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Health workers can play a key role in ending discrimination against people who live with HIV.
“Because of the lack of education on AIDS, discrimination, fear, panic, and lies surrounded me.” —Ryan White
Ryan White was diagnosed with AIDS at the age of 13 in Indiana in 1984, following a blood transfusion to treat hemophilia A, his inherited blood disease.
It was a time when most people knew little about HIV and AIDS. Ryan and his family experienced overwhelming and ignorant stigma and discrimination. Some feared he might transmit HIV through casual contact, or made stereotyped assumptions about his sexuality, or told him that God was punishing him. The superintendent of his school would not permit him to return, and instead forced him to attend his classes via phone.
Education can play a critical role in combatting HIV-related stigma.
Ryan and his family fought for his rights. He gave eloquent talks to his classmates, journalists, and the public on television. He became one of the greatest symbols of disseminating unbiased, accurate information on HIV and AIDS nationwide.
Ryan lived five years longer than doctors expected, and died at the age of 18 in 1990.
Numerous studies have revealed that education can play a critical role in combatting HIV-related stigma. This is true around the world, though the structure and constituents of the stigma vary by geographical region, culture, religion, and other factors that inform populations’ unique norms and perspectives.
During my time at IntraHealth International as a UNC-IntraHealth Summer Fellow, I delved into the complex and multifaceted structures of HIV-related stigma and discrimination, and worked to identify strategies to address them. I conducted a systematic review of HIV-stigma reduction interventions specifically for health workers, who play critical roles in HIV care around the world.
IntraHealth is committed to reducing stigma, including as part of LINKAGES, a USAID-funded project to prevent HIV transmission among key populations, specifically sex workers, men who have sex with men, people who inject drugs, and transgender people.
Researchers now use evidence-based findings and insights to conduct a wide variety of HIV stigma-reduction interventions across the globe, employing several ways of communicating information about HIV and AIDS to the participants. In three systematic reviews (Brown 2003, Sengupta 2011, and Stangl 2013) that explore stigma-reduction research, researchers classified the strategies into six categories, ranked here from most common to least:
Multiple studies found that contact and interaction with people living with HIV is effective for reducing stigma. Sharing experiences, working together, and learning from those who have experienced discrimination helped participants feel empathy and better understand the personal aspects of living with HIV.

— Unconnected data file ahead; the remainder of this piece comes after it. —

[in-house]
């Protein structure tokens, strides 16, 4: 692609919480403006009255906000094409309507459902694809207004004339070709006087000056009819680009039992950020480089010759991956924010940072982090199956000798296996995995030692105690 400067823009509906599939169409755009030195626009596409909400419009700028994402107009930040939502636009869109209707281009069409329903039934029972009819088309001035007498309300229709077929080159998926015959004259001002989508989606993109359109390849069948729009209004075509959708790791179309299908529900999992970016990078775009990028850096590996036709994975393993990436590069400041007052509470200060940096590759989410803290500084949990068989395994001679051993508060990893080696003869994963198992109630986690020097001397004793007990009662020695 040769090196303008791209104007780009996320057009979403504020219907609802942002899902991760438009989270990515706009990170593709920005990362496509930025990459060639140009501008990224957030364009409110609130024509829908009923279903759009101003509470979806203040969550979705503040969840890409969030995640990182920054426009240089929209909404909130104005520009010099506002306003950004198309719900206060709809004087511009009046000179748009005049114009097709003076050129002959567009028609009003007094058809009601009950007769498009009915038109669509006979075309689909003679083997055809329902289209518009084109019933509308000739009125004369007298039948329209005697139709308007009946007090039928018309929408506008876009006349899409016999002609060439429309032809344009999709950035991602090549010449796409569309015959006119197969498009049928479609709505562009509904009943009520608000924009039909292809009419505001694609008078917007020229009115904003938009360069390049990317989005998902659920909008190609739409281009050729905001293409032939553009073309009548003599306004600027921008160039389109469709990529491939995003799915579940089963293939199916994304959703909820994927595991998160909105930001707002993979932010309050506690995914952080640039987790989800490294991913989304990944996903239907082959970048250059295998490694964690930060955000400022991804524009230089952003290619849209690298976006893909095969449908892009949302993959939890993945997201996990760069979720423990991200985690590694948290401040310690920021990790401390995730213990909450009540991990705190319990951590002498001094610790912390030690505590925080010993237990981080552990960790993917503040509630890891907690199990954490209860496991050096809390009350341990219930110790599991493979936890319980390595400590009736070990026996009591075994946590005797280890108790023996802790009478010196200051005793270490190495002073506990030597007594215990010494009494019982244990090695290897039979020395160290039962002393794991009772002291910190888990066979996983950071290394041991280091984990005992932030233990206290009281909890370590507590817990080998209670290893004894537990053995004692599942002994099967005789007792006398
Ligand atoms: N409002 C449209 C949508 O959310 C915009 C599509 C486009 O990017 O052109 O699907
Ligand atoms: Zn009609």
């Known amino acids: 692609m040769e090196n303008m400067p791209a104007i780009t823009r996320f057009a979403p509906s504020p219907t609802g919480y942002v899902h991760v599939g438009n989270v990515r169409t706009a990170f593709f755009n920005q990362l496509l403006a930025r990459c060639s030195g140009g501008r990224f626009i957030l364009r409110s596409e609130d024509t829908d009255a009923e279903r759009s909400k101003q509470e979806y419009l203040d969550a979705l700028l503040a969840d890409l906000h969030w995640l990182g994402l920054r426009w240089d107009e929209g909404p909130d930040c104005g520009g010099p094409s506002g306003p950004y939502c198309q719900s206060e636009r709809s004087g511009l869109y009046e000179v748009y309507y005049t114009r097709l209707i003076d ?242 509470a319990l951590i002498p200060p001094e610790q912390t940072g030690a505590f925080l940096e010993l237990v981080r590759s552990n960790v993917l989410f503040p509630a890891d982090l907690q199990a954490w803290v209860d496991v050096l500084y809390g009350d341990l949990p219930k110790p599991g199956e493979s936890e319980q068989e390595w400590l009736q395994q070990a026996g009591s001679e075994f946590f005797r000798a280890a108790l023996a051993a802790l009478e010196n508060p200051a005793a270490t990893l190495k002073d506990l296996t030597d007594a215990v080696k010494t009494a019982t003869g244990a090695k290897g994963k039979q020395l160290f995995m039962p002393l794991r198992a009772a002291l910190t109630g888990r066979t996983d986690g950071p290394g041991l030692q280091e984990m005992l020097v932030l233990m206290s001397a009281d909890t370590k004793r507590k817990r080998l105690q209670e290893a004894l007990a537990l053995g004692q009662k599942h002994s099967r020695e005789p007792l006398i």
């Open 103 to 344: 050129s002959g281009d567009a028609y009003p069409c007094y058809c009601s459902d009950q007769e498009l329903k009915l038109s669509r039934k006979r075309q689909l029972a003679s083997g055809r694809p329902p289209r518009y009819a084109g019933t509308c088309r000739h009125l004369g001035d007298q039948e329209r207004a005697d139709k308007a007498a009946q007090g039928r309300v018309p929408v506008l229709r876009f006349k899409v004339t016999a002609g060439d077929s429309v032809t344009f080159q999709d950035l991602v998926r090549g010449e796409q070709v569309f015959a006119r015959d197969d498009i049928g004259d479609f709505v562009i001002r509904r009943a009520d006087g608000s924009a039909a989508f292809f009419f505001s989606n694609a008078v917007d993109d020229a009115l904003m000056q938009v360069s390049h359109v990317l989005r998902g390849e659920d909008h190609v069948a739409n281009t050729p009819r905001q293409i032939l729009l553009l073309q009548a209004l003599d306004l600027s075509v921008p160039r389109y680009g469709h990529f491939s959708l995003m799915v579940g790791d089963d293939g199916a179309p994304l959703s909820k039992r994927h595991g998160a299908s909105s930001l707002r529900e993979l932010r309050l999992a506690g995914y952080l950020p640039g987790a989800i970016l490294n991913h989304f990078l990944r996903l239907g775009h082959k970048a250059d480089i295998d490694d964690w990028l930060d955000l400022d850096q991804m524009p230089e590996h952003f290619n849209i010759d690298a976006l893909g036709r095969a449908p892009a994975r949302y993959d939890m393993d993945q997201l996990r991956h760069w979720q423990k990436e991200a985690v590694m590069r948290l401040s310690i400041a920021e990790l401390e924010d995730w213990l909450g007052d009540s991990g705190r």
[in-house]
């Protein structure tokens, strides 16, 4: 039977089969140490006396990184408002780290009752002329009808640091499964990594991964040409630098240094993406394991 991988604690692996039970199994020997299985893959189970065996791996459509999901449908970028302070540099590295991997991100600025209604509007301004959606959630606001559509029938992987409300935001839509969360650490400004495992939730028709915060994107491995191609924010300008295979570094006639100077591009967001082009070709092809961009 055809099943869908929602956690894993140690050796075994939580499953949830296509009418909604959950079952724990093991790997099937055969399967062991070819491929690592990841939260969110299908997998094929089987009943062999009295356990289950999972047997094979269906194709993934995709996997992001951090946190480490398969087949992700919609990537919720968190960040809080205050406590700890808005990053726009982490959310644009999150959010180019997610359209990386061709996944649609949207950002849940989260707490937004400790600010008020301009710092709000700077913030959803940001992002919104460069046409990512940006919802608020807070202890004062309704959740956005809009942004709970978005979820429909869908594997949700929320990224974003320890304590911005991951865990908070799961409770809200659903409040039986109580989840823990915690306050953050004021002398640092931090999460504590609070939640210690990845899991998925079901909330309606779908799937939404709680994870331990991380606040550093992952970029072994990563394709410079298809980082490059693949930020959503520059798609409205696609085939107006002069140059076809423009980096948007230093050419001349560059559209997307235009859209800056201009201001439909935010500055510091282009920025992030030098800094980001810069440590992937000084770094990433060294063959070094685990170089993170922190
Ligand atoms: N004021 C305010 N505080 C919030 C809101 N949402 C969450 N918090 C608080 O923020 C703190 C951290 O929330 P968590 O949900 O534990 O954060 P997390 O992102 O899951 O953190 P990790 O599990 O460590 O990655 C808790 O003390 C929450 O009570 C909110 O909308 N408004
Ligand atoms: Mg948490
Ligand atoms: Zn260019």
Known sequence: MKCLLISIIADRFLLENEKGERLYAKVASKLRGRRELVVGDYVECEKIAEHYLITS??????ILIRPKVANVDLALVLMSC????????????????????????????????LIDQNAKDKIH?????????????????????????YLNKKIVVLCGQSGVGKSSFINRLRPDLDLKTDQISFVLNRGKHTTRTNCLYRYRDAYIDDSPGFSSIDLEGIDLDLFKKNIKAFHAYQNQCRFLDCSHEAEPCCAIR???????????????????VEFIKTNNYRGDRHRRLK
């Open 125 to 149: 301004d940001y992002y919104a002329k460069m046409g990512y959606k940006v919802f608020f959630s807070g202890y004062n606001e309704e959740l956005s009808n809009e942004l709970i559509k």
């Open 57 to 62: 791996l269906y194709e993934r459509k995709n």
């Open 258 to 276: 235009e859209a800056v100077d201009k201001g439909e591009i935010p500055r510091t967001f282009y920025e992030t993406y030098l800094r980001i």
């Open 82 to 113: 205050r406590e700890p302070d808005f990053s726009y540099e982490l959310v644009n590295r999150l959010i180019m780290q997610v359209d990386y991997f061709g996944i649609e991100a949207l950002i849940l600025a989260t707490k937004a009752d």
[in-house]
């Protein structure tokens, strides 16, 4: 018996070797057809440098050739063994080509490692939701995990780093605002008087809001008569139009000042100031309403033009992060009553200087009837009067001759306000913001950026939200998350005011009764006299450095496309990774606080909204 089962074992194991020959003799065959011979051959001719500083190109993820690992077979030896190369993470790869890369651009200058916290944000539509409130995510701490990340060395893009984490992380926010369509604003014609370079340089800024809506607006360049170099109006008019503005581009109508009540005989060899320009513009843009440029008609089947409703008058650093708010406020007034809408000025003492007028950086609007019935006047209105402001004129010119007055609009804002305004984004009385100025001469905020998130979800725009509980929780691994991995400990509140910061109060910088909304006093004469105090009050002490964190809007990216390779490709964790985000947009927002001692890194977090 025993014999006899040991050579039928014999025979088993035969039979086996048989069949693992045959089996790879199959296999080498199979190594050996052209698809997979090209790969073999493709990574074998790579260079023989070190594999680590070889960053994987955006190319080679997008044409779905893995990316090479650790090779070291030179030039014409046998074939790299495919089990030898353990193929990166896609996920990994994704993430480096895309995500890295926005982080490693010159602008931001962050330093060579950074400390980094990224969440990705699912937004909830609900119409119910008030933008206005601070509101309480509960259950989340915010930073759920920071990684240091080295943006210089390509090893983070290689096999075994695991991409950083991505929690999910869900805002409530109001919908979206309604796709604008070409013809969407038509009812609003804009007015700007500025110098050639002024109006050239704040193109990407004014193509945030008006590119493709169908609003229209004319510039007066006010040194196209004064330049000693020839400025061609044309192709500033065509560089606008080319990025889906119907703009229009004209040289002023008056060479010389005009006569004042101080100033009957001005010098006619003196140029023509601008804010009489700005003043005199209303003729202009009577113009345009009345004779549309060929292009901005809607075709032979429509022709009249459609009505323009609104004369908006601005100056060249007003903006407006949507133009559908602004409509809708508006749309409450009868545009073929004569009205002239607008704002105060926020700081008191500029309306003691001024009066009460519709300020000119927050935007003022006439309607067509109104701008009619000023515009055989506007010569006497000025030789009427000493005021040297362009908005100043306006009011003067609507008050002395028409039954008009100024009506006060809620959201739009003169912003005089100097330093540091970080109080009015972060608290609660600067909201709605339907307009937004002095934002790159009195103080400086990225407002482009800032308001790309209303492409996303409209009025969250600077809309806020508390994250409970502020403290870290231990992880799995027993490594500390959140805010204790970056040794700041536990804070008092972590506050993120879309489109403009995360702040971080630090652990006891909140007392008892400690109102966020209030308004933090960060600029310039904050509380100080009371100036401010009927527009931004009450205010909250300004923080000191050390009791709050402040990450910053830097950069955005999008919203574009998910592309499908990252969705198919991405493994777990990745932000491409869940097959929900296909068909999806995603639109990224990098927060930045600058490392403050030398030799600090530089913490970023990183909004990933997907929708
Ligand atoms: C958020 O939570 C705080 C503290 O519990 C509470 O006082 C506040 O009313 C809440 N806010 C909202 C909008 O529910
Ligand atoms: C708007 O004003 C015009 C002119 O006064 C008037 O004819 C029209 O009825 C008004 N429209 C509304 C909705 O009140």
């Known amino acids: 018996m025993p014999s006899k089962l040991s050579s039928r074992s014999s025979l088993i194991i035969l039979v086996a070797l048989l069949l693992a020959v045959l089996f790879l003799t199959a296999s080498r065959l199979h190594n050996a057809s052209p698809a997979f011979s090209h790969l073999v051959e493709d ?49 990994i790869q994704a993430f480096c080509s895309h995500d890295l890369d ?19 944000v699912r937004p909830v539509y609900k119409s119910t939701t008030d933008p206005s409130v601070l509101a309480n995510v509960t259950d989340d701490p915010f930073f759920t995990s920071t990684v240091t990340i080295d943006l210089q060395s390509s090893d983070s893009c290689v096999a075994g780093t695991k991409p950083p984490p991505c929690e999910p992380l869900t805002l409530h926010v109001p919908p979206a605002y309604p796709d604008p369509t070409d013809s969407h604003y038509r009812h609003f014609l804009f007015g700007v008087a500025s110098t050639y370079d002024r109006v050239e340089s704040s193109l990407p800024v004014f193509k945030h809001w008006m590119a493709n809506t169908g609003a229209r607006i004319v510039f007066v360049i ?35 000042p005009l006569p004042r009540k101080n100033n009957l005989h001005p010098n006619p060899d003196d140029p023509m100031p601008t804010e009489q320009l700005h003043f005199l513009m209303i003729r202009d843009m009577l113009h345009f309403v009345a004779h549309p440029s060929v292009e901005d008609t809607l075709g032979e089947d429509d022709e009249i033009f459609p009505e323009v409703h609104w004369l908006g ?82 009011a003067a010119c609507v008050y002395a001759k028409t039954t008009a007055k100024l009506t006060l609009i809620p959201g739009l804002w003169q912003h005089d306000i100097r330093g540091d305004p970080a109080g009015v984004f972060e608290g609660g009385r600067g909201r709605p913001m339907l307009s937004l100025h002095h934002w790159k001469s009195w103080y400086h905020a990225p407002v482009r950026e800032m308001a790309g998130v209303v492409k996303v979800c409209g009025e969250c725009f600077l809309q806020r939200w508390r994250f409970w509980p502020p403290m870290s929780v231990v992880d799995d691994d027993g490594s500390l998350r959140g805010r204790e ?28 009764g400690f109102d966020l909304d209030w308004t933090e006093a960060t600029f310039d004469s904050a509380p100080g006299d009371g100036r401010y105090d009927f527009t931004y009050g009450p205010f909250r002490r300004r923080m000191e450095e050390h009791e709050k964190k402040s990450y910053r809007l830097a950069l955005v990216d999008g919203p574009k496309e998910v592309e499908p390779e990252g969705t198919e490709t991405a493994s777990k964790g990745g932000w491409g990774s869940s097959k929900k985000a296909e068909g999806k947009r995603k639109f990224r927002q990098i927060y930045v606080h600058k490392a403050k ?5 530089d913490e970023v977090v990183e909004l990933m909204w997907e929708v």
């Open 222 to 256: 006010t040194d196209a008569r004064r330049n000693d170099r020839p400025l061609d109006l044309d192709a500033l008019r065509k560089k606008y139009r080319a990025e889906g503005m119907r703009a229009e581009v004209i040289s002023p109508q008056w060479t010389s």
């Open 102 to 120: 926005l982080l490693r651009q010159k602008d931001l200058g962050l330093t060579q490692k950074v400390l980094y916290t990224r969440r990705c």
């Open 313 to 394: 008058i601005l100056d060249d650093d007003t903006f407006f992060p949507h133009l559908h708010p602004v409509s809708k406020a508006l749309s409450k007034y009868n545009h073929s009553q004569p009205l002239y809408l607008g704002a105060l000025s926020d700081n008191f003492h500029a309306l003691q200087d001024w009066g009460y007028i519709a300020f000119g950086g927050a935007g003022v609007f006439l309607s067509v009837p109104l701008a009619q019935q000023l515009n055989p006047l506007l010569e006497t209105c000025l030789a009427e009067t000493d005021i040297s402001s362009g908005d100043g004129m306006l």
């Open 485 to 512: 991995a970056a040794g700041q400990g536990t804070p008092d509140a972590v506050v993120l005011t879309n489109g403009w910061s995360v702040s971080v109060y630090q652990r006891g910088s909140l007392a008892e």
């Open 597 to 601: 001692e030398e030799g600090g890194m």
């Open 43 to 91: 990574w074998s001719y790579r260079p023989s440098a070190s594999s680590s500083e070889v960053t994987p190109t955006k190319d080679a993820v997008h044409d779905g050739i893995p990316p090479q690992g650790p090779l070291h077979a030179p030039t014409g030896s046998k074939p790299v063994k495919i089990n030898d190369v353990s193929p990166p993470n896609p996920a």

“One of the best ways to fight stigma and empower HIV-positive people is by speaking out openly and honestly about who we are and what we experience.” —Alex Garner, HIV activist
Of course, for HIV-positive people to speak out openly and honestly, there must be opportunities for them to articulate their experiences safely and to access health care settings comfortably. More and more research has been conducted to change communities’ and organizations’ norms through structural approaches and to explore biomedical strategies—including enhancing and expanding HIV testing—that have been proven to effectively reduce stigma.
The changes Ryan helped bring about have secured equitable rights for millions of people.
Just four months after Ryan’s death, the US Congress passed the Ryan White Comprehensive AIDS Resources Emergency (CARE) Act, which provides a comprehensive system of care that includes primary medical services and essential support for people living with HIV and AIDS, especially those who are uninsured or underinsured. The program incorporates stigma-fighting components as its core values, including involving people living with HIV as program members, encouraging and helping health workers and institutions to foster their cultural competencies, and increasing the number of health care staff working in minority communities to provide more people with culturally competent care.
All of these strategies are playing pivotal roles in eliminating stigma against people living with HIV and those at greatest risk of infection. The remarkable changes Ryan helped bring about have saved many people’s lives and secured equitable rights for millions of people in the United States.
In his honor, and for about 35 million people around the world living with HIV today, we must maintain and enhance the momentum Ryan built until the day when stigma is officially a thing of the past.